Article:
Here is a summary note from the administration (link) explaining the class rank study and providing the committee’s recommendation. In the past few weeks the district has been receiving lots of feedback, and I have also gone back and re-read the whole decile study. Based on the feedback I have heard, and the research I have done, here is my current point of view.
I believe that our current policy to calculate and report student deciles is harmful to a certain segment of our UHS students … those outside the top 10%. This is particularly true for those seeking admission to larger, moderately selectively, public colleges and universities.
How much will such a change help? It is hard to say, but many other top-shelf private high schools and top districts in Pennsylvania have already made this change. And some admissions officers seem to be (discreetly) suggesting that we do the same. If we can help a large segment of our students by making this change, then we ought to do it.
That being said, before making this change, we need to make sure there are no unintended consequences.
If there is benefit to the bottom 90% of dropping the decile rankings, it is quite obvious that there must be some detriment to the top 10%. How much will it hurt? It is hard to say, but it must be a non-zero amount. And we have heard from many of our parents that they believe it will harm their top decile students. I think we should take this concern seriously.
The Solution I Think We Need
It is important to me that we search for a solution that benefits all UHS students. I don’t think we have yet found that solution, mostly because we haven’t been looking for it. Our class rank study group did exactly the job it was asked to do: examine our decile ranking policy and tell us if we should keep reporting deciles to colleges, or not. Their answer, which I agree with, is that we should drop decile rankings.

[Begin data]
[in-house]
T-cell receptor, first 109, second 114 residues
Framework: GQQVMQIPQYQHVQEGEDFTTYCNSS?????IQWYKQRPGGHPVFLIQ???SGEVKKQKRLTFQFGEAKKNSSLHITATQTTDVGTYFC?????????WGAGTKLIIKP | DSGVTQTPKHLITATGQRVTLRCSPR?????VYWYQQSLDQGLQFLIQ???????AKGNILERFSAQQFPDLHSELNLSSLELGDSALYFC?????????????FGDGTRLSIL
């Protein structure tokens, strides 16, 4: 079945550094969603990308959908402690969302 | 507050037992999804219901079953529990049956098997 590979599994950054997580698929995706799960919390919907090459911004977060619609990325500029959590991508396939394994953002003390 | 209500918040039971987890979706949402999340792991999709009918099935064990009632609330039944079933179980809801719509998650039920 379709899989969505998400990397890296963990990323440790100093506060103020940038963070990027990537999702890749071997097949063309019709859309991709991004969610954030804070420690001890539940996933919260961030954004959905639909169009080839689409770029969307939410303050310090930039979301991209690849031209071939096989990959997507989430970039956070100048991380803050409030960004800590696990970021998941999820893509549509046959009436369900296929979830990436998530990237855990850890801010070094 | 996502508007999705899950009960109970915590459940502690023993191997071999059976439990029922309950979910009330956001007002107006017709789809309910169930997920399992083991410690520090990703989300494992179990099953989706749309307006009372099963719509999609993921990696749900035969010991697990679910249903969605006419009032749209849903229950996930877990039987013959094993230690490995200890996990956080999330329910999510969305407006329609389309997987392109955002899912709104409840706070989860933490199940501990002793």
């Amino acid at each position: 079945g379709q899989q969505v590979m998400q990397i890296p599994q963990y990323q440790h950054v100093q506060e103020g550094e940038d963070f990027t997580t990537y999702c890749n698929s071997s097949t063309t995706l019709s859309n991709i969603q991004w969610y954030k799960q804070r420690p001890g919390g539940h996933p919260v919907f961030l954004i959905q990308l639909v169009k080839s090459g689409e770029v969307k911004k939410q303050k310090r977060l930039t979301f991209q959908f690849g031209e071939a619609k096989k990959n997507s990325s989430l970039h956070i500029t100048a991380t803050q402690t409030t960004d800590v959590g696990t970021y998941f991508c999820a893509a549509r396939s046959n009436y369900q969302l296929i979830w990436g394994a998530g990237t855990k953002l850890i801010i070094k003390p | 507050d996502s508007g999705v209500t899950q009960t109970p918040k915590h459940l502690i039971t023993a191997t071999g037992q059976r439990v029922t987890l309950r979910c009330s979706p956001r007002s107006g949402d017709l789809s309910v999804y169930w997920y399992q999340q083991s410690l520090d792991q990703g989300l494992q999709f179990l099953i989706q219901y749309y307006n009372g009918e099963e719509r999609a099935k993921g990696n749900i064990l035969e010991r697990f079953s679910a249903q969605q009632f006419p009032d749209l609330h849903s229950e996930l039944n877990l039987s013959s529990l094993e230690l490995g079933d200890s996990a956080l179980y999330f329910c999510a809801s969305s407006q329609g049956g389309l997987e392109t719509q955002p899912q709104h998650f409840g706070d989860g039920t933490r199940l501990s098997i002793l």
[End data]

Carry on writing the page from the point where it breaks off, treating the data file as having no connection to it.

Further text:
Now what we need to do is look at implementation options:
- What should be done, if anything, to protect the achievements of those who worked hard under the decile system? Should we remove this credential of achievement this year, or should we phase it in? Should we ‘grandfather’ current UHS students that have been operating under the decile system already?
- Is it a sensible option for decile reporting to be at the students’ option? Can this provide admission benefits to all students, or does it defeat the purpose of removing decile reporting?
- How much additional GPA banding information should we provide in our UHS school profile? How much is enough? How much is too much and counter-productive?
- What else should we do, if anything, to recognize our top performers? Over half of US high-schools recognize groups of graduating students based on percentile rankings. For example, should we recognize graduates with the top 5% GPAs as “high honors”?
We are on the path to making a positive change. I am grateful that this issue was brought forward, and for the committee’s excellent work. We need to finish the work, and find a solution that works for all students, and preserves the high standards that have served UHS so well. I believe that such a solution is very much in reach.